The University of Mississippi has altered its fight song to discourage a chant of "the South will rise again," based on the old version. With many fans continuing that chant -- which many find offensive -- Chancellor Dan Jones said Monday that either the chant stops, or he'll bar the song from being played at football games, the Associated Press reported. "The University of Mississippi is a warm and welcoming place. So many have worked hard to make sure our image moves forward, and we don't want anything to hurt that," Jones said in a speech.
Higher Education Quick Takes
About 2,700 teaching and research assistants walked off the job Monday at McMaster University, in Ontario, The Canadian Press reported. Negotiations have resumed on a new contract.
St. Petersburg State University has clarified rules -- of concern to many scholars -- about who must seek approval before presenting or publishing work abroad, The New York Times reported. Researchers in the humanities and social sciences will not be covered by the regulations.
Idaho State University has fired Habib Sadid, a tenured engineering professor who had been suspended, the Associated Press reported. A faculty panel recently released an opinion that there was not enough evidence to justify Sadid's dismissal, but the university president said that his ouster was in the best interests of the institution. Sadid has been a long-time critic of the university's leaders and he says he is being fired for his dissent, while the university says that he crossed lines from dissent into abusive and unfair behavior.
The tenure denials of four women at DePaul University are leading to student protests and threats of legal action, the Chicago Tribune reported. Of 33 professors who went up for tenure this year, seven were rejected, five of whom were women. In the cases of four represented by the same lawyer, departmental reviews were quite positive, but a university-wide committee -- with professors in other fields -- raised questions about the candidacies. The university, without talking about specific cases, has defended the process as free of bias.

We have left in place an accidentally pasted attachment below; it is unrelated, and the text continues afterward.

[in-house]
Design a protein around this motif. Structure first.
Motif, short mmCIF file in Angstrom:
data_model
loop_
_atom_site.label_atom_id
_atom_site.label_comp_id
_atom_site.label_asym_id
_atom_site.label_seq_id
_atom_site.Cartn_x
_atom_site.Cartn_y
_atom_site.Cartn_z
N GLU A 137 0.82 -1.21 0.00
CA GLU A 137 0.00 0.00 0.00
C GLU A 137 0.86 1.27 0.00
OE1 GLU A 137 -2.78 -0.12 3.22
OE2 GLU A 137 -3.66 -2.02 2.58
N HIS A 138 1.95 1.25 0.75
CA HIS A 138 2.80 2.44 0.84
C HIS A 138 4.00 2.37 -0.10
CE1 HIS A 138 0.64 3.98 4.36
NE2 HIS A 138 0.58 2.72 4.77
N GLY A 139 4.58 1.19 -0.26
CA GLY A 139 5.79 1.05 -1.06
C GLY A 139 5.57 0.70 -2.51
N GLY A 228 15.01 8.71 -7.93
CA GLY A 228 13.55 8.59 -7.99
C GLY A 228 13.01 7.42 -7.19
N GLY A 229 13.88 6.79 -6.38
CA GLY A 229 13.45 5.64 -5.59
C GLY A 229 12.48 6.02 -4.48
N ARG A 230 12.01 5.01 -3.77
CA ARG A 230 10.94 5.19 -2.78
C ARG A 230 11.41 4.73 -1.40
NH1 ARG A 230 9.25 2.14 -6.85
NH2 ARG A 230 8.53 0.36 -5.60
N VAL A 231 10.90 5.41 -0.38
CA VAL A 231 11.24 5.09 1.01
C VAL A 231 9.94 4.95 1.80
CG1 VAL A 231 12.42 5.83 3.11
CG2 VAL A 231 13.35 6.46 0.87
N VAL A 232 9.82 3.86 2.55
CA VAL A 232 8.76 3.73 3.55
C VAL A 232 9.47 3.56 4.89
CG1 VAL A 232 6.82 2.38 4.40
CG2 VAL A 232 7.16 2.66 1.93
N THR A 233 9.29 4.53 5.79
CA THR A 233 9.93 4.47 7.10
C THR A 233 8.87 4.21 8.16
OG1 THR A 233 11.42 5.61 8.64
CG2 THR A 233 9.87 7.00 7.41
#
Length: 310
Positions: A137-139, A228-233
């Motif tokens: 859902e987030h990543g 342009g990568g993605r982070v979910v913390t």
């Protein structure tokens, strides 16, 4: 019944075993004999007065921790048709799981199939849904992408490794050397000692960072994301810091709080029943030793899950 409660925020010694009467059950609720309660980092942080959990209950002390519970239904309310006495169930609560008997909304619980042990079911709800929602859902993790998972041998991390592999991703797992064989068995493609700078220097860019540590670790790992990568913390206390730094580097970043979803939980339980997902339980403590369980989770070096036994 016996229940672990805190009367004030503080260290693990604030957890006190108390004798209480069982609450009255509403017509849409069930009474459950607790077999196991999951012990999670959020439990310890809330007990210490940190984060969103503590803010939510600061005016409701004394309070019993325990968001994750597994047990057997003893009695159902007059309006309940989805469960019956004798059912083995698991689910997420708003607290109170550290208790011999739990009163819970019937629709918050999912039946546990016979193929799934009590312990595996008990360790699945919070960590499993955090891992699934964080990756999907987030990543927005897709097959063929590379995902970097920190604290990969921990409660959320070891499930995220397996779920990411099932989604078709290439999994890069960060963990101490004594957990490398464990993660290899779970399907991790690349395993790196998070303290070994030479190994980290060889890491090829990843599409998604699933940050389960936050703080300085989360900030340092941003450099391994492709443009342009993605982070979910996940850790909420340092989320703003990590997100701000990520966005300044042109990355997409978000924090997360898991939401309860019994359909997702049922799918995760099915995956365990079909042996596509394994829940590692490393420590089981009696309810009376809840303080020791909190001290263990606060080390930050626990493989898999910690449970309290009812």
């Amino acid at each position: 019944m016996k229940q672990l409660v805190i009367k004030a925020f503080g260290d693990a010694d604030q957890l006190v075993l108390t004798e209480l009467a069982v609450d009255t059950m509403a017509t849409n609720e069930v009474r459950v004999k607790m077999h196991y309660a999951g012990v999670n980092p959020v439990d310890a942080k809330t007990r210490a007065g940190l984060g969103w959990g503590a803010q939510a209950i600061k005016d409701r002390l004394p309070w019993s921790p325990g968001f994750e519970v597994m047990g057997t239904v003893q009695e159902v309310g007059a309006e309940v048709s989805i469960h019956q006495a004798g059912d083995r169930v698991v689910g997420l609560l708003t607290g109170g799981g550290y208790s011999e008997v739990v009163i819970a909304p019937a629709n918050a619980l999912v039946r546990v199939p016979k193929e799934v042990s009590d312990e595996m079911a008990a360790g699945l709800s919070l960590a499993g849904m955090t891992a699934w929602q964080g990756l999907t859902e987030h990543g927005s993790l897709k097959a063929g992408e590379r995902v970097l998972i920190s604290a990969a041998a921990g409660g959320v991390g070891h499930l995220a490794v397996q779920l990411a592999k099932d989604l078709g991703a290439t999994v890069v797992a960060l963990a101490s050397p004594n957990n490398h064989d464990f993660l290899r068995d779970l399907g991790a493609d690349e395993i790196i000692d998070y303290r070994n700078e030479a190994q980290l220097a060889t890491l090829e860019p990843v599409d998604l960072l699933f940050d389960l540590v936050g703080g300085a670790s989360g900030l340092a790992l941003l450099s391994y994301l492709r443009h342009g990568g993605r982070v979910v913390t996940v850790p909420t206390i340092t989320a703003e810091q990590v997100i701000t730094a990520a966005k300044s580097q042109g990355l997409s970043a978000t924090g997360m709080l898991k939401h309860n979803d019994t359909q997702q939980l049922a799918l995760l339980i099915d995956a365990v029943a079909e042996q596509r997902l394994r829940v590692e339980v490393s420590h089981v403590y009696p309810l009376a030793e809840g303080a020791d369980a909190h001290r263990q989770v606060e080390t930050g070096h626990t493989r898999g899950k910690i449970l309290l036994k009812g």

Students at Lincoln University in Pennsylvania have been protesting lack of access to a library, poor food service, and the way police treated a student who organized their protests, The Philadelphia Daily News reported. The student -- who was inspired to get more vocal after finding a moth in her salad at the university cafeteria -- staged an 11-day hunger strike over the issues. The library has been closed for renovations since January 2008 and students must use trailers to get access to books, which the students say take 24 hours to arrive. Lincoln officials say that they are working to get the library project and other improvements completed, but will not comment on the protests.
Samim Anghaie, and his wife, Susan, were arrested Friday and charged with fraud for using $3.7 million in government contracts for personal uses, such as the purchase of cars and homes, The Gainesville Sun reported. The two are also charged with submitting false information to get the contracts from various federal agencies. Samim Anghaie has been director of Florida's Innovative Nuclear Space Power and Propulsion Institute. The couple's lawyer said that they had no comment on the charges.
Just weeks after releasing its latest ranking of universities worldwide, and receiving some criticism over the methodology, The Times Higher announced a new partner for the project and a decision to revisit the methodology. Ann Mroz, editor of Times Higher, said in a statement in her publication that while she was pleased with the influence of the rankings, "we acknowledge the criticism and now want to work with the sector to produce a legitimate and robust research tool for academics and university administrators." The new partner for the project will be Thomson Reuters.
Just under 11.5 million students were enrolled in a college or university in the fall of 2008, and 39.6 percent of all Americans aged 18 to 24 were enrolled -- both figures that set records, according to an analysis released Thursday by the Pew Research Center. Community college enrollments accounted for almost all of the gains over the previous year, consistent with the enrollment booms they experience when the economy falters.
Presidents of Division I universities in the National Collegiate Athletic Association moved ahead Thursday on several changes designed to rein in perceived abuses and excesses in big-time college basketball. The Division I Board of Directors approved a set of recommendations aimed at limiting the flow of money to third parties (like informal sports agents) who have increasingly cropped up in the college recruiting pipeline, and increasing the penalties against college coaches who violate the new guidelines. The board also endorsed and put on the agenda for a vote at January's NCAA Convention a set of proposals that would cut the length of the men's basketball season by one game, to 28, and restrict the number of physical education courses that basketball players who transfer from two-year colleges can count toward their credentials. The association's Executive Committee also formally began its search to replace Myles Brand as the NCAA's president.